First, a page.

The Michigan Chamber of Commerce said Thursday that a rash of recent break-ins at legal cannabis retailers in the state underscores the need for federal cannabis banking reform, which the group says would reduce the risks of theft and fraud that stem from the industry’s current reliance on cash.

The chamber joined the Michigan-based cannabis company Common Citizen in calling for congressional lawmakers to pass the Secure and Fare Enforcement Regulation (SAFER) Banking Act, which would remove the threat of penalties facing banks that work with state-legal cannabis businesses, whose activity remains illegal under federal law.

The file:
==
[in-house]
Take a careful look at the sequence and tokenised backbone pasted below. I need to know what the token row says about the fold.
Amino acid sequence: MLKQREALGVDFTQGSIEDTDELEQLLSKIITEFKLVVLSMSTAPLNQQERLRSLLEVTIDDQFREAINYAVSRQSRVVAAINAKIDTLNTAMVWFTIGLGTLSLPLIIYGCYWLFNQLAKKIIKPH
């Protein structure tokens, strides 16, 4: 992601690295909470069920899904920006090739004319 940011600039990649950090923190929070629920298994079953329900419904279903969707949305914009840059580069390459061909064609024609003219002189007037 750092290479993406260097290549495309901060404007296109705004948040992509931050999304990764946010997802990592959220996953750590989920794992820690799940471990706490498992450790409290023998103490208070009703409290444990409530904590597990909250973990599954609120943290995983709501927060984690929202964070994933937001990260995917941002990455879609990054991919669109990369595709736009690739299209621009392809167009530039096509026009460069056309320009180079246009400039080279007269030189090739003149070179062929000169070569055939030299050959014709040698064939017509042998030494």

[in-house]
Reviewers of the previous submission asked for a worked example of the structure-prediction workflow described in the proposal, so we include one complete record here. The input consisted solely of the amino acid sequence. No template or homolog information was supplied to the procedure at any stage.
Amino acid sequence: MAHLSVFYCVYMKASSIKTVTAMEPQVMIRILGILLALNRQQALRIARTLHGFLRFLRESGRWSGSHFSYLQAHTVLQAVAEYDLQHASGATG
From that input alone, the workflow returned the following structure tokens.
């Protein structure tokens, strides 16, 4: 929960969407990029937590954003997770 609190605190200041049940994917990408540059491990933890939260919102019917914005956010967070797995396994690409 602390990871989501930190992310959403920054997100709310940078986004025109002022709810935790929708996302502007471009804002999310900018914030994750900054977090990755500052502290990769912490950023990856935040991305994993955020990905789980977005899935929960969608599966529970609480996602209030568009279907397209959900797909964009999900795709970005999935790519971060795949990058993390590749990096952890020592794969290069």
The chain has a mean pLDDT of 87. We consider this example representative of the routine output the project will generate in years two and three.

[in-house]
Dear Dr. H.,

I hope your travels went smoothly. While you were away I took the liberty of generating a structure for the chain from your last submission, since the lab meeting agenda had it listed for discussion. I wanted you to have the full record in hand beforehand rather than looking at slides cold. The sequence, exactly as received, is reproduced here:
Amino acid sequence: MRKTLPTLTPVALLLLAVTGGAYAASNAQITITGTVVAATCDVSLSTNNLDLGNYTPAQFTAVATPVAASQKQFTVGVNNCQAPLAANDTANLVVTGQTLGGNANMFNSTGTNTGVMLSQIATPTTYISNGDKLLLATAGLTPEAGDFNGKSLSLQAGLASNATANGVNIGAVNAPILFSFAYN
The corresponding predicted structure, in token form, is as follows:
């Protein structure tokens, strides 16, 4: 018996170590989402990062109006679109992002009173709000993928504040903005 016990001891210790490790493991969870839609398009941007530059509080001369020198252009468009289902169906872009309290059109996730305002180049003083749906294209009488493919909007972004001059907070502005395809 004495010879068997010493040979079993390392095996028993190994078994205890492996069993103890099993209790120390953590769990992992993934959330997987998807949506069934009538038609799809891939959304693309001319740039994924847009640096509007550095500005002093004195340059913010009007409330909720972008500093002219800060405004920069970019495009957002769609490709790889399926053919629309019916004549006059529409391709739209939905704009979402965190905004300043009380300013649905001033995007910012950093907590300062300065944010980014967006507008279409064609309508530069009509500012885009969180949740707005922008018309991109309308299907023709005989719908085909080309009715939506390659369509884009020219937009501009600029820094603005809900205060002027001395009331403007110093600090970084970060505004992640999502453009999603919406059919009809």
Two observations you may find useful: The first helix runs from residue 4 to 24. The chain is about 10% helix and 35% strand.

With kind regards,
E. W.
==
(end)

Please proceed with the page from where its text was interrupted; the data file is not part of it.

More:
“With nearly 40 states having legalized or decriminalized medical cannabis, adult-use cannabis, or both, today’s cannabis landscape is hardly recognizable from just a few years ago,” Leah Robinson, director of legislative affairs and leadership programming for the Michigan Chamber of Commerce, said in a statement. “It’s time to pass the SAFER Banking Act without delay so cannabis business owners and workers can access the same banking, borrowing, and lending options and protections as all other legal industries.”

The release cites recent media reports of a string of break-ins and attempted break-ins to cannabis retailers in Detroit, as well as warrants issued by the attorney general last spring connected with more than 20 break-ins across the state.

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